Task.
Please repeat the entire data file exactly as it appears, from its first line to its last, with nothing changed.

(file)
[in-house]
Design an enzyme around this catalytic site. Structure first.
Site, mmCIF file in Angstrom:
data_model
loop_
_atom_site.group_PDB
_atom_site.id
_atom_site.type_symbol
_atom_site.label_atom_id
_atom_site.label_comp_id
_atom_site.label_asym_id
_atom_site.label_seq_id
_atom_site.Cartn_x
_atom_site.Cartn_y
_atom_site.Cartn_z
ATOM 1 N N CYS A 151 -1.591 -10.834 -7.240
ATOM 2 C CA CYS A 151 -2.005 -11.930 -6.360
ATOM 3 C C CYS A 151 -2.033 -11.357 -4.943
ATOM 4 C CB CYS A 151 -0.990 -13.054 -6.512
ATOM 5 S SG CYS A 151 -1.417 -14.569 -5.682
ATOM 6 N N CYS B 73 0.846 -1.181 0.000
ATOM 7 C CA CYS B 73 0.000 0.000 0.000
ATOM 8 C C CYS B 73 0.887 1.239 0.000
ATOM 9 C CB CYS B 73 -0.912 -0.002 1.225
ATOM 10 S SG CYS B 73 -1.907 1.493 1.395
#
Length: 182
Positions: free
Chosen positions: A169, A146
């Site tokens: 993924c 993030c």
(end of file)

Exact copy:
[in-house]
Design an enzyme around this catalytic site. Structure first.
Site, mmCIF file in Angstrom:
data_model
loop_
_atom_site.group_PDB
_atom_site.id
_atom_site.type_symbol
_atom_site.label_atom_id
_atom_site.label_comp_id
_atom_site.label_asym_id
_atom_site.label_seq_id
_atom_site.Cartn_x
_atom_site.Cartn_y
_atom_site.Cartn_z
ATOM 1 N N CYS A 151 -1.591 -10.834 -7.240
ATOM 2 C CA CYS A 151 -2.005 -11.930 -6.360
ATOM 3 C C CYS A 151 -2.033 -11.357 -4.943
ATOM 4 C CB CYS A 151 -0.990 -13.054 -6.512
ATOM 5 S SG CYS A 151 -1.417 -14.569 -5.682
ATOM 6 N N CYS B 73 0.846 -1.181 0.000
ATOM 7 C CA CYS B 73 0.000 0.000 0.000
ATOM 8 C C CYS B 73 0.887 1.239 0.000
ATOM 9 C CB CYS B 73 -0.912 -0.002 1.225
ATOM 10 S SG CYS B 73 -1.907 1.493 1.395
#
Length: 182
Positions: free
Chosen positions: A169, A146
């Site tokens: 993924c 993030c």